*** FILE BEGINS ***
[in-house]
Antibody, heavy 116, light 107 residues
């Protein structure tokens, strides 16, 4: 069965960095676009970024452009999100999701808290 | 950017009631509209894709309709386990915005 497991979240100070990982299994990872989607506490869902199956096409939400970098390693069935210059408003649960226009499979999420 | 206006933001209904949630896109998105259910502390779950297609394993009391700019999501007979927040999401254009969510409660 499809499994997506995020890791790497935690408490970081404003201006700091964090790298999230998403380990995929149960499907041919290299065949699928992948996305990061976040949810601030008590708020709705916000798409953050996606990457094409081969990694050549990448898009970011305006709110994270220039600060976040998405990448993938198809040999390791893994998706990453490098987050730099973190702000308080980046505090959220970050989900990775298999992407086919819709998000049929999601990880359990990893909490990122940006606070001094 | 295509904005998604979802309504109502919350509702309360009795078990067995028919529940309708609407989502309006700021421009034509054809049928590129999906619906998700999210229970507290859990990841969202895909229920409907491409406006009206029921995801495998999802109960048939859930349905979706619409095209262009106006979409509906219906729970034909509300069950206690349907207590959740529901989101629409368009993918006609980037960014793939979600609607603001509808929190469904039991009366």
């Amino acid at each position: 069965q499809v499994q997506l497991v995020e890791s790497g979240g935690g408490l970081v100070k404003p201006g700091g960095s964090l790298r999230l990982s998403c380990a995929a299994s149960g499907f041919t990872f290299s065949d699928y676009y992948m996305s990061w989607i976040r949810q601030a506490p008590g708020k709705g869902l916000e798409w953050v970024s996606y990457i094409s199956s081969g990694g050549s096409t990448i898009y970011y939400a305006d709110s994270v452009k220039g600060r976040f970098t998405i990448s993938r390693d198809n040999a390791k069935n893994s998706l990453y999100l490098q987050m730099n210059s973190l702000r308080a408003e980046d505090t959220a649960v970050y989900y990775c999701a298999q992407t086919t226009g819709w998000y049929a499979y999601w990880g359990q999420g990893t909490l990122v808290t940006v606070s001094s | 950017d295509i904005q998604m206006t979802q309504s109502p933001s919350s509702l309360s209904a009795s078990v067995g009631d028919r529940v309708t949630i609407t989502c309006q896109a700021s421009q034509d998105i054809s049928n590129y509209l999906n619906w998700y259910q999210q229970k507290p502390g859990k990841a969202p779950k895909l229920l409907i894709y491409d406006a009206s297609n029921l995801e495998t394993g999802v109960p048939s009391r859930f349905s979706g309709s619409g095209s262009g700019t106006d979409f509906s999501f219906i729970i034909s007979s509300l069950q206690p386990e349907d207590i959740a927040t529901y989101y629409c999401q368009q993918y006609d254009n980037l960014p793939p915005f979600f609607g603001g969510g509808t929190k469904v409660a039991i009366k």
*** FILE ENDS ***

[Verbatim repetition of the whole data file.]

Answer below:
[in-house]
Antibody, heavy 116, light 107 residues
């Protein structure tokens, strides 16, 4: 069965960095676009970024452009999100999701808290 | 950017009631509209894709309709386990915005 497991979240100070990982299994990872989607506490869902199956096409939400970098390693069935210059408003649960226009499979999420 | 206006933001209904949630896109998105259910502390779950297609394993009391700019999501007979927040999401254009969510409660 499809499994997506995020890791790497935690408490970081404003201006700091964090790298999230998403380990995929149960499907041919290299065949699928992948996305990061976040949810601030008590708020709705916000798409953050996606990457094409081969990694050549990448898009970011305006709110994270220039600060976040998405990448993938198809040999390791893994998706990453490098987050730099973190702000308080980046505090959220970050989900990775298999992407086919819709998000049929999601990880359990990893909490990122940006606070001094 | 295509904005998604979802309504109502919350509702309360009795078990067995028919529940309708609407989502309006700021421009034509054809049928590129999906619906998700999210229970507290859990990841969202895909229920409907491409406006009206029921995801495998999802109960048939859930349905979706619409095209262009106006979409509906219906729970034909509300069950206690349907207590959740529901989101629409368009993918006609980037960014793939979600609607603001509808929190469904039991009366």
């Amino acid at each position: 069965q499809v499994q997506l497991v995020e890791s790497g979240g935690g408490l970081v100070k404003p201006g700091g960095s964090l790298r999230l990982s998403c380990a995929a299994s149960g499907f041919t990872f290299s065949d699928y676009y992948m996305s990061w989607i976040r949810q601030a506490p008590g708020k709705g869902l916000e798409w953050v970024s996606y990457i094409s199956s081969g990694g050549s096409t990448i898009y970011y939400a305006d709110s994270v452009k220039g600060r976040f970098t998405i990448s993938r390693d198809n040999a390791k069935n893994s998706l990453y999100l490098q987050m730099n210059s973190l702000r308080a408003e980046d505090t959220a649960v970050y989900y990775c999701a298999q992407t086919t226009g819709w998000y049929a499979y999601w990880g359990q999420g990893t909490l990122v808290t940006v606070s001094s | 950017d295509i904005q998604m206006t979802q309504s109502p933001s919350s509702l309360s209904a009795s078990v067995g009631d028919r529940v309708t949630i609407t989502c309006q896109a700021s421009q034509d998105i054809s049928n590129y509209l999906n619906w998700y259910q999210q229970k507290p502390g859990k990841a969202p779950k895909l229920l409907i894709y491409d406006a009206s297609n029921l995801e495998t394993g999802v109960p048939s009391r859930f349905s979706g309709s619409g095209s262009g700019t106006d979409f509906s999501f219906i729970i034909s007979s509300l069950q206690p386990e349907d207590i959740a927040t529901y989101y629409c999401q368009q993918y006609d254009n980037l960014p793939p915005f979600f609607g603001g969510g509808t929190k469904v409660a039991i009366k």